The Impact of Ground-level Ozone Pollution

January 09, 2019 8383 users 0 Category: Air

Classified as one of the six most common air pollutants by the Clean Air Act, ozone has been a topic of major interest for environmentalists concerned with air quality in the United States. In fact, the Environmental Protection Agency (EPA) has to present a periodical report on the National Ambient Air Quality Standards in which they review in great detail any particularities that develop over time in relation to air quality for the sole purpose of having an accurate view in order to be able to base their strategies on updated data.

Although throughout the last four decades such regulation has been proven to help the cause, with a noticeable decline in ozone levels across the U.S., voices from the scientific community argue that the threshold for what is to be considered dangerous in terms of ozone pollution are currently in need of reformation, as evidence shows that exposure to ozone under the current restrictions is still detrimental to the health of individuals.

Formed of three atoms of oxygen (O3), ozone can be found both in the upper atmosphere of the Earth, also referred to as stratospheric ozone, and at ground level or tropospheric ozone, the latter type being the one that has poor effects on the environment. Tropospheric ozone constitutes the main factor of smog and it is the result of the chemical reactions that occur between oxides of nitrogen and volatile organic compounds, generally released by car emissions, power plants or various kinds of refiners, and sunlight. As a rule of thumb, ozone will reach damaging levels during summer on hot and sunny days and in high traffic urban areas.

Breathing ozone can trigger the muscles in the airways to tighten, which would lead to air being trapped in the alveoli. Coughing, throat irritation and chest pain are few of the immediate responses to ozone, but according to a researcher at the University of Rochester Medical Center in New York, Dr. Mark Frampton, long time exposure and inflammation has the potential to negatively affect lung function and to harm the tissue of the lungs. Additionally, he states, there is evidence that supports the claim that long-term exposure to air with high levels of ozone will impede the development of lung tissue in the case of children.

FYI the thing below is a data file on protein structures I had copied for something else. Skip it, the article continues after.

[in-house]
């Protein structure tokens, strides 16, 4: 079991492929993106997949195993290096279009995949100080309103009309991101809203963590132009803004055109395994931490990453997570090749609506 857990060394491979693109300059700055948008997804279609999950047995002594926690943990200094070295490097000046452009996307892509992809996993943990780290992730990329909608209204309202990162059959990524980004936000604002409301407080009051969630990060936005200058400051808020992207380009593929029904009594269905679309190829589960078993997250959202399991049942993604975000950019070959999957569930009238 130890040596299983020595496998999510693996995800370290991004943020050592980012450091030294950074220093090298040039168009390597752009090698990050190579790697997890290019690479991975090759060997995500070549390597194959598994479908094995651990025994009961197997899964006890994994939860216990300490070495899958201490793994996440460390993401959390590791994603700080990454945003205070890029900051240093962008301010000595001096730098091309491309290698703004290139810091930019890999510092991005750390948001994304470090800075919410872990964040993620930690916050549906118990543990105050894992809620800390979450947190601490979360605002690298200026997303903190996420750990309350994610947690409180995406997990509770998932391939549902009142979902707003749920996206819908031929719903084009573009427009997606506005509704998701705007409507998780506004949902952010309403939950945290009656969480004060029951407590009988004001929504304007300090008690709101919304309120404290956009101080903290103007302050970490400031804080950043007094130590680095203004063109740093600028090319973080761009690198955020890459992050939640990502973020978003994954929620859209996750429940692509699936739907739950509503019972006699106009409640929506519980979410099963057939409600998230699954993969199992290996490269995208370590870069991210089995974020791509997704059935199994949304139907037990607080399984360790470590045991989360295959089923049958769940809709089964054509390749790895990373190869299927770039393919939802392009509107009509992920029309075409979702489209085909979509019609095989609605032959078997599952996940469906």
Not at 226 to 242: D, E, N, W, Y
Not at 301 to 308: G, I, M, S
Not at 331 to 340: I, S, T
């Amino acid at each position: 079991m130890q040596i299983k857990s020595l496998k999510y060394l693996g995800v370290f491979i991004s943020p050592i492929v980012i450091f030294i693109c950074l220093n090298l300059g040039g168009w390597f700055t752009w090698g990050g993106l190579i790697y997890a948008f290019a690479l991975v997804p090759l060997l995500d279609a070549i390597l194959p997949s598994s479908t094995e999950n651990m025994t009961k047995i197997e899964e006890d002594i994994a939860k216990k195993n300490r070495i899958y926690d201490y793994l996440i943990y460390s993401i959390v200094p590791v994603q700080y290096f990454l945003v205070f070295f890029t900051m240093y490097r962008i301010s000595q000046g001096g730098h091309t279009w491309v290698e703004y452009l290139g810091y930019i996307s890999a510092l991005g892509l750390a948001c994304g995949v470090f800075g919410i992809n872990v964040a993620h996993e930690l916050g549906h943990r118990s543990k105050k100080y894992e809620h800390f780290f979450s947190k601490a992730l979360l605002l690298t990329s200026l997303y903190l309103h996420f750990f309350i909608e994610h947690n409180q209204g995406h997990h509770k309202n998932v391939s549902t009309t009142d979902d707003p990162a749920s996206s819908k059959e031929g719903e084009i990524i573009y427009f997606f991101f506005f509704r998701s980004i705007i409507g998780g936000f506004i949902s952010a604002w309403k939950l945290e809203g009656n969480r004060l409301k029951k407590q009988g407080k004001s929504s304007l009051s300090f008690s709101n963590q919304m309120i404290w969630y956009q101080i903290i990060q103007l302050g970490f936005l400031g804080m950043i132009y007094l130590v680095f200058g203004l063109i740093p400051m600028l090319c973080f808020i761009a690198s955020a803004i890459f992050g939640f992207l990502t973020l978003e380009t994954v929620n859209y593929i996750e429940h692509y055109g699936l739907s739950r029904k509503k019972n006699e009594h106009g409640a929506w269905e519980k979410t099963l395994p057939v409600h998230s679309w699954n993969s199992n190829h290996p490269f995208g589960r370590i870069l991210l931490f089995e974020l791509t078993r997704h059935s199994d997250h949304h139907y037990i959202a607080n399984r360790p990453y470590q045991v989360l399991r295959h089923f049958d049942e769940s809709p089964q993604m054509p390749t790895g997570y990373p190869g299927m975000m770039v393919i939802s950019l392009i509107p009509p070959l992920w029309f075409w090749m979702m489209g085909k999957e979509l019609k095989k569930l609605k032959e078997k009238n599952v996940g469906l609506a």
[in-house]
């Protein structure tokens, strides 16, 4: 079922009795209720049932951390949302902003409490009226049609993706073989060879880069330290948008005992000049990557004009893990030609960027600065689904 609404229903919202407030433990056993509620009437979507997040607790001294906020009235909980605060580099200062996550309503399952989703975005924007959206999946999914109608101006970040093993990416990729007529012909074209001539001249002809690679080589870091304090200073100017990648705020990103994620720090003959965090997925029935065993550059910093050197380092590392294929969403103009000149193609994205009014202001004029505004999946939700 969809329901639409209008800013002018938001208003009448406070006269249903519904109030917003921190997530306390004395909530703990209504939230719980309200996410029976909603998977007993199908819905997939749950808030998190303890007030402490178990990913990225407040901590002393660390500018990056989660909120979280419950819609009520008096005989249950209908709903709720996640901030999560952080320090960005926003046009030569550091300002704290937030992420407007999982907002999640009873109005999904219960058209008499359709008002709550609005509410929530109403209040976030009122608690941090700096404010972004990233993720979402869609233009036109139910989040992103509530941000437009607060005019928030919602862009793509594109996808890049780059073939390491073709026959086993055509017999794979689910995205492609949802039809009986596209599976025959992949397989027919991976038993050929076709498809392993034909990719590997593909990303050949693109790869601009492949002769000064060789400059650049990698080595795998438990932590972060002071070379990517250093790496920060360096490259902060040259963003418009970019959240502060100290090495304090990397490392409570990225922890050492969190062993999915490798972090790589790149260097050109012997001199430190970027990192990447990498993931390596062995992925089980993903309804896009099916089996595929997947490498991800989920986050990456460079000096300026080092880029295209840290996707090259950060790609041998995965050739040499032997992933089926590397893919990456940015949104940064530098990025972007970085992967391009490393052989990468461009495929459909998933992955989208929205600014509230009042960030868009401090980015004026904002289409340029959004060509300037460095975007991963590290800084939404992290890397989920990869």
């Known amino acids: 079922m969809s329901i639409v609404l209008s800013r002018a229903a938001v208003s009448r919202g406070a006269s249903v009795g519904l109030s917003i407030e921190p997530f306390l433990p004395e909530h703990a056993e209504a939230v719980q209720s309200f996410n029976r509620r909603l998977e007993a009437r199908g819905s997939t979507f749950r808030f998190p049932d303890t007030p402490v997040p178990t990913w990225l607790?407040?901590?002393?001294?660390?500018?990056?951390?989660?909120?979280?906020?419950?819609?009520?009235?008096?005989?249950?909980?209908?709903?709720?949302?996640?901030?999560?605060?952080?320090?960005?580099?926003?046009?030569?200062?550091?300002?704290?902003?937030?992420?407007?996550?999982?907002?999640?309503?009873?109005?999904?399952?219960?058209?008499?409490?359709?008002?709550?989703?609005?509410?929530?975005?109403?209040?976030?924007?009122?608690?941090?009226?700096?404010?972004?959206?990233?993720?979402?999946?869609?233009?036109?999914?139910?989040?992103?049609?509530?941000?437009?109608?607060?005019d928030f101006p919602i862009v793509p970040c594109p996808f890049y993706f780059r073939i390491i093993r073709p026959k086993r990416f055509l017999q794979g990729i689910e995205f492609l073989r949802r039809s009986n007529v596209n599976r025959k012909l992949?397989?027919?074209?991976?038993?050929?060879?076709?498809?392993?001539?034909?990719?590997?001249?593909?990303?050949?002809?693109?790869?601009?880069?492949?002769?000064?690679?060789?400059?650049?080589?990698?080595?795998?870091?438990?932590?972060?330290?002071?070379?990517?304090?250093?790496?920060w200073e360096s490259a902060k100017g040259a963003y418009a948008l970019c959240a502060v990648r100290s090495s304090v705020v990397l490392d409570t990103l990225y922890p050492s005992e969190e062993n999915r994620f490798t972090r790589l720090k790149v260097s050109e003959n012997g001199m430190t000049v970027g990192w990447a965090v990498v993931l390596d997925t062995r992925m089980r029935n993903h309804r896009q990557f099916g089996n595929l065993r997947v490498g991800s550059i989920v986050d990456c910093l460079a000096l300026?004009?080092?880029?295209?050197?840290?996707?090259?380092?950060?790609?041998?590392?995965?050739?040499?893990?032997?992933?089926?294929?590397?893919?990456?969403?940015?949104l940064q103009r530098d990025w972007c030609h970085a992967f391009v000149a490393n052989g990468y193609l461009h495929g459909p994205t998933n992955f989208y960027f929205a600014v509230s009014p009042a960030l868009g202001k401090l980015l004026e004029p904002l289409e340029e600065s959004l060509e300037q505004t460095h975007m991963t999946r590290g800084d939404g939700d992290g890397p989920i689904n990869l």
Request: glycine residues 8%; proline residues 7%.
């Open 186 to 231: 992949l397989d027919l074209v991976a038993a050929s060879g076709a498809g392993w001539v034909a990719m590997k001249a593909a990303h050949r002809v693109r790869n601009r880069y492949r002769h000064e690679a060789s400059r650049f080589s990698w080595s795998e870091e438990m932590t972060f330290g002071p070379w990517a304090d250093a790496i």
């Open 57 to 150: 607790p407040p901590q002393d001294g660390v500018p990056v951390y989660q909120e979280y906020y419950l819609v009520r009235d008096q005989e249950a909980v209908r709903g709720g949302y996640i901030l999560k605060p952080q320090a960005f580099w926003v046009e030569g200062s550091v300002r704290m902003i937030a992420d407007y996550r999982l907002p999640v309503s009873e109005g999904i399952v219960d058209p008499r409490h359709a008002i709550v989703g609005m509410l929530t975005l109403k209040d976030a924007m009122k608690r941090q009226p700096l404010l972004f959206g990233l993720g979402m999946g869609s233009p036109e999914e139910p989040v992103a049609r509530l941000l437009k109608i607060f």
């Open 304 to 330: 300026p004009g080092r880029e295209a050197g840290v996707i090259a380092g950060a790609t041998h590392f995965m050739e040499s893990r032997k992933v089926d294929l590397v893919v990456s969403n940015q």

In April 2018, the National Center for Atmospheric Research (NCAR) published a complex study funded, among others, by NASA alongside the National Oceanic and Atmospheric Administration, the University of Colorado Boulder and the National Science Foundation. The research shows that there has been a considerable slowdown in the reduction of air pollution in the United States after years of progress in the domain. Zhe Jiang, the lead author of the study believes that the results indicate that under the current conditions it is more challenging for the U.S. to lower the levels of ozone pollution.

A fellow researcher and co-author, Helen Worden, states that the air is indeed cleaner at the present than it was back in the 1980s and in the 1990s, but as of recent years there has not been much of a progress in reducing the ozone in the air. Due to the enforcement of the 1970 Clean Air Act, the dramatic change could be observed in the years following the regulation since new technologies for automobiles and for power plants were developed as ways to comply with the legislation, Worden further observed.

The team of researchers performed analyses of both satellite imaging and ground-based measurements of carbon monoxides and oxides of nitrogen when they noted the slowdown in decreasing ozone levels. Their goal was to obtain a quantification of pollutant concentrations and then to map said results across the nation in a comprehensive manner. The slowdown in the improvement of ozone pollution levels was especially apparent in the eastern side of the United States, which contradicted the initial theory the team had about the phenomenon, i.e. that the pollutants were coming from Asia.

Brian McDonald, another co-author of the study and a researcher at the National Oceanic and Atmospheric Administration and the Cooperative Institute for Research in Environmental Sciences believes that the slowdown is a simple matter of what has been prioritized and what has not in regard to the strategies to control ozone levels. By focusing on containing the fumes from cars and energy plants, there were no attention and resources dedicated to other perspectives that would have looked at the issue differently, thus, resulting in a lack of information. The study confirms that at the present time the efforts to control ozone levels are not satisfactory and it serves as a blueprint for the development of new projects that consider the current peculiarities of the environment.